Piper Aircraft Co. v. Reyno (1981)

Plaintiffs may not defeat a motion to dismiss on the ground of forum non conveniens merely by showing that the substantive law that would be applied in the alternative forum is less favorable to them than the law of the chosen forum.

Insurance Corp. of Ireland v. Compagnie des Bauxites (1982)

Since the requirement that a court have personal jurisdiction protects an individual interest, it may be intentionally waived, or a defendant may be estopped from raising the issue for various reasons.

Helicopteros Nacionales v. Hall (1984)

Mere purchases, even if occurring at regular intervals, are not enough to warrant a state’s assertion of personal jurisdiction over a non-resident corporation in a cause of action not related to the purchases.

Cooper v. Federal Reserve Bank of Richmond (1984)

A judgment in a class action determining that an employer did not engage in a general pattern or practice of racial discrimination against the certified class of employees does not preclude a class member from maintaining a subsequent civil action alleging an individual claim of racial discrimination against the employer.

Burger King Corp. v. Rudzewicz (1985)

A contract with an out-of-state party does not alone automatically establish sufficient minimum contacts for personal jurisdiction in the other party’s home forum. Instead, the court must evaluate the prior negotiations, the contemplated future consequences, the terms of the contract, and the parties’ actual course of dealing to determine whether a defendant purposefully established minimum contacts within the forum.

Phillips Petroleum Co. v. Shutts (1985)

Due process requires that class members in a class action receive notice, an opportunity to appear in person or by counsel, an opportunity to opt out, and adequate representation. It does not require that absent class members affirmatively opt in to the class.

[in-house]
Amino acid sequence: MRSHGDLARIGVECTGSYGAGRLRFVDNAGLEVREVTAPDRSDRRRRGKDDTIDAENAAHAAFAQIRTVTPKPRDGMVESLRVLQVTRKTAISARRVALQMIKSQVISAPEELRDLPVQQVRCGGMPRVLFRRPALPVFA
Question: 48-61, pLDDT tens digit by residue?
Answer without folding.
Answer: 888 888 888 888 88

Matsushita Electrical Industrial Co., Ltd. v. Zenith Radio Corp. (1986)

The absence of any plausible motive to engage in the conduct charged is highly relevant to whether a genuine issue for trial exists within the meaning of Rule 56(e) on summary judgment. Lack of motive bears on the range of permissible conclusions that might be drawn from ambiguous evidence.

Anderson v. Liberty Lobby, Inc. (1986)

The inquiry involved in a ruling on a motion for summary judgment or for a directed verdict necessarily implicates the substantive evidentiary standard of proof that would apply at the trial on the merits.

Celotex Corp. v. Catrett (1986)

Rule 56(c) mandates the entry of summary judgment, after adequate time for discovery and upon motion, against a party who fails to make a showing sufficient to establish the existence of an element essential to that party’s case, and on which that party will bear the burden of proof at trial.

Merrell Dow Pharmaceuticals, Inc. v. Thompson (1986)

A violation of a federal statute as an element of a state cause of action does not state a claim arising under federal law when Congress has determined that there should be no private federal cause of action for the violation.

Asahi Metal Industry Co. v. Superior Court (1987)

The substantial connection between a defendant and the forum state necessary for a finding of minimum contacts that support personal jurisdiction must derive from an action purposely directed toward the forum state. The mere placement of a product into the stream of commerce is not such an act, even if done with an awareness that the stream will sweep the product into the forum state, without additional conduct indicating an intent to serve the forum state market.

Martin v. Wilks (1989)

A voluntary settlement in the form of a consent decree between one group of employees and their employer cannot possibly settle the conflicting claims of another group of employees who do not join in the agreement.

Chauffeurs Local 391 v. Terry (1990)

To determine whether a particular action will resolve legal (as opposed to equitable) rights, such that the plaintiff is entitled to a jury trial, courts must examine both the nature of the issues involved and, more importantly, the remedy sought.

Burnham v. Superior Court (1990)

Service of process confers state court jurisdiction over a physically present non-resident, regardless of whether they were only briefly in the state or whether the cause of action is related to their activities there.

Carnival Cruise Lines, Inc. v. Shute (1991)

A non-negotiated forum clause in a passage contract may be enforceable even though it is not the subject of bargaining, although it is subject to judicial scrutiny for fundamental fairness.

Edmonson v. Leesville Concrete Co., Inc. (1991)

A private litigant in a civil case may not use peremptory challenges to exclude jurors on account of race.

J.E.B. v. Alabama ex rel. T.B. (1994)